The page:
Great Wheal Busy mine worked from some time before 1720 until 1909. It first mined copper and later changed to tin. In 1900, a considerable quantity of arsenopyrite was recovered.
1775: Smeaton (of Eddystone Lighthouse fame) erected the most powerful engine then built in Cornwall at Wheal Busy;
Great Wheal Busy was the site where in the 1770s James Watt introduced some of his early improvements to the steam engine.
Probably the most dramatic engineering achievement in Cornwall in the 18th century was the Great County Adit. Begun in 1748 by John Williams of Scorrier to drain Poldice. This drainage system was extended to the other mine and by 1778 had been driven through Wheal Busy to North Downs and on into Wheal Peevor. Another branch was cut by 1792 into Wheal Unity and Gorland, and Consolidated and United Mines also discharged their pumped water into the Great County Adit, which eventually extended some 40 miles.
The year 1777 saw the first Watt engine in Cornwall at work; this was at Wheal Busy, otherwise known as Wheal Spirit, Chacewater. The engine for Tingtang mine, near Redruth, had been ordered first, but there was delay in getting the parts to Cornwall and it was not at work until the following year. So the first Watt engine actually erected in that county was the Wheal Busy engine, a 30-inch cylinder.
The cylinders and other castings for both Wheal Busy and Tingtang were ready at Bersham early in May 1777, but when it came to actually shipping them, the Tingtang cylinder was too big to go through the hatches of the boat taking them. So the Wheal Busy engine was dispatched first, much to the annoyance of Watt. The erection of the Wheal Busy engine was entrusted to Thomas Dudley, but Watt himself went down to supervise the completion of the engine. Upon his arrival in Cornwall in August 1777 he found ‘Wheal Busy in considerable forwardness’, and that ‘what ironwork had been made there is little inferior to our own, if any’.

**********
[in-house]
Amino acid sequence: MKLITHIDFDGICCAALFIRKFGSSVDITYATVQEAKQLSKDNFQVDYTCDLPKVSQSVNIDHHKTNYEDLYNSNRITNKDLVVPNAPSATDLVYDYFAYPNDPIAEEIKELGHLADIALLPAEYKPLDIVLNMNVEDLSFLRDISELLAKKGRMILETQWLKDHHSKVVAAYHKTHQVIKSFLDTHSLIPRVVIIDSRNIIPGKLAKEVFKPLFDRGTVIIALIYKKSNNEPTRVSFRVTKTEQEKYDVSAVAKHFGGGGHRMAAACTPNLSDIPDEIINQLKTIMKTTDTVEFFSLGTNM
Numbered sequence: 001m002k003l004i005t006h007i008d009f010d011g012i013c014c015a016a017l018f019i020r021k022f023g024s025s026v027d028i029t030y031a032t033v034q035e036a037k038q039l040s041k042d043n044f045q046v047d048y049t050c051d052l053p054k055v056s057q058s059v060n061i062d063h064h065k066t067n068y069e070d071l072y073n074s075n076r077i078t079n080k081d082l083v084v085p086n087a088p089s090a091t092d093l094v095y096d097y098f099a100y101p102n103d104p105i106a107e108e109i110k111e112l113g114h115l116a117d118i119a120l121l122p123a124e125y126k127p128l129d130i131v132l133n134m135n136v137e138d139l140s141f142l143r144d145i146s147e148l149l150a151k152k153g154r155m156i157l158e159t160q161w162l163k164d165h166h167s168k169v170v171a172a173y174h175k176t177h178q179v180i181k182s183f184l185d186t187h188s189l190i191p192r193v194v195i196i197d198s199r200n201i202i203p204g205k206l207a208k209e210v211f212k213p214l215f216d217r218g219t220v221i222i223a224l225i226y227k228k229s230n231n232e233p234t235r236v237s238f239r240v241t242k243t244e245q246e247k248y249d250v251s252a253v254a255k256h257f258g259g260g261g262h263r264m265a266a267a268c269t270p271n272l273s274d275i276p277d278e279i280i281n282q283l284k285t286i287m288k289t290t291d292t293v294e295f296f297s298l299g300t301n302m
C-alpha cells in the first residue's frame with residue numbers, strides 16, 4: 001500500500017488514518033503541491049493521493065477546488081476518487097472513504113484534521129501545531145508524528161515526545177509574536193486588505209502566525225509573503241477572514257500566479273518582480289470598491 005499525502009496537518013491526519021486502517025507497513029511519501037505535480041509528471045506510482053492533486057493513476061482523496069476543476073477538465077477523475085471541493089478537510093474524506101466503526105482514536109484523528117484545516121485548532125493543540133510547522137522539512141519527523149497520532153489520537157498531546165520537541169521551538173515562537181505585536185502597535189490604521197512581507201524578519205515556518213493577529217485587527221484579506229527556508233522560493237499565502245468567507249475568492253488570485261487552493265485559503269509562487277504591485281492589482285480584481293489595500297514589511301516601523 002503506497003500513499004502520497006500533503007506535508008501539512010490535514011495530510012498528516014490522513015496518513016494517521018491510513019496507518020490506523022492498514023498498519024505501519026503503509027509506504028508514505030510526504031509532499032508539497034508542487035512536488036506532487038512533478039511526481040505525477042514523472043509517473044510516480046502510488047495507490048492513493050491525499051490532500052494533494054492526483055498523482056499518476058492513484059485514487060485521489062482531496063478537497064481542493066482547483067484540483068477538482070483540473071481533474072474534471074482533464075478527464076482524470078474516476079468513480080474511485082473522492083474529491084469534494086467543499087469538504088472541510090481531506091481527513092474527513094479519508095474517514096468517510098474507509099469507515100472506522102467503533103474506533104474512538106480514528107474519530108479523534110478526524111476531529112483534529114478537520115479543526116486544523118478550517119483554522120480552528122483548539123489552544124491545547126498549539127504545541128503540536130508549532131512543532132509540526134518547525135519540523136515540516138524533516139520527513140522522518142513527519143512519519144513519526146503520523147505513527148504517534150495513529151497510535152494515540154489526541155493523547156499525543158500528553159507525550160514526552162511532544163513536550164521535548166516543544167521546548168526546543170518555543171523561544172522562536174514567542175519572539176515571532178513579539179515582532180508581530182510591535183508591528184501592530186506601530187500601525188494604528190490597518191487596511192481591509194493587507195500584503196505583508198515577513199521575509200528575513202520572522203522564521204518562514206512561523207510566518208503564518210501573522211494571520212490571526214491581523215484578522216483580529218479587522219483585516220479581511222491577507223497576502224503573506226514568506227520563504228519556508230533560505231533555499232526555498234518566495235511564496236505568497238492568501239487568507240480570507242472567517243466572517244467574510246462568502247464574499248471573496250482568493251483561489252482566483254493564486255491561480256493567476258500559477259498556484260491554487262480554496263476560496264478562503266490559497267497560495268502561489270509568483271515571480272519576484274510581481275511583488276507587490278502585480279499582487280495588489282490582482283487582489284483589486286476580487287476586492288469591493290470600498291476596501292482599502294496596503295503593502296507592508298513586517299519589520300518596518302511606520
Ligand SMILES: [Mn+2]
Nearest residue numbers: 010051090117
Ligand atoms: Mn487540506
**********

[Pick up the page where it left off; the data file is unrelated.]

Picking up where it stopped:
The engine was soon set going, and the reports on the performance were very good. The Wheal Busy engine apparently made "as many converts as a Methodist meeting and inspired them with as great a fever of enthusiasm." Orders for Watts engines soared. In December I778Watt wrote from Redruth to his friend Black: "Our success here has equaled our most sanguine expectations; we have succeeded in saving three-fourths of the fuel over the engines here, which are the best of the old kind in the island."
By 1855 the description of the mine was
" in the parish of Kenwyn, and within the mining district of Chacewater, 4 miles from the town of Truro. The nearest shipping place is at Hayle, 14 from the mine, and the nearest railway station is at Chacewater. The mine is held under a lease for 21 years , from 1855, at a royalty of 1-24th, granted by Viscount FALMOUTH; it is now worked for tin and copper. "
1866 At Wheal Busy there was an outbreak of sabotage against those "adventurers" who were said to be infiltrating the tin industry.
1873 Wheal Busy closed.
In 1907 Wheal Busy re-opened primarily for arsenic production for the Anglo-Belgian Company. The celebrations were such that Lord Falmouth gave a whole bullock to roast for the party. Arsenic was roasted on site until World War II; shortly after this the engine was broken up for scrap
.During the middle of the 1920s Killifreth took over Wheal Busy, mainly to mine arsenic, but this brief revival was over by 1927, and mining there was over.
Remains of calciner, engine houses and smithy can be seen today.
Gwennap Area Mines.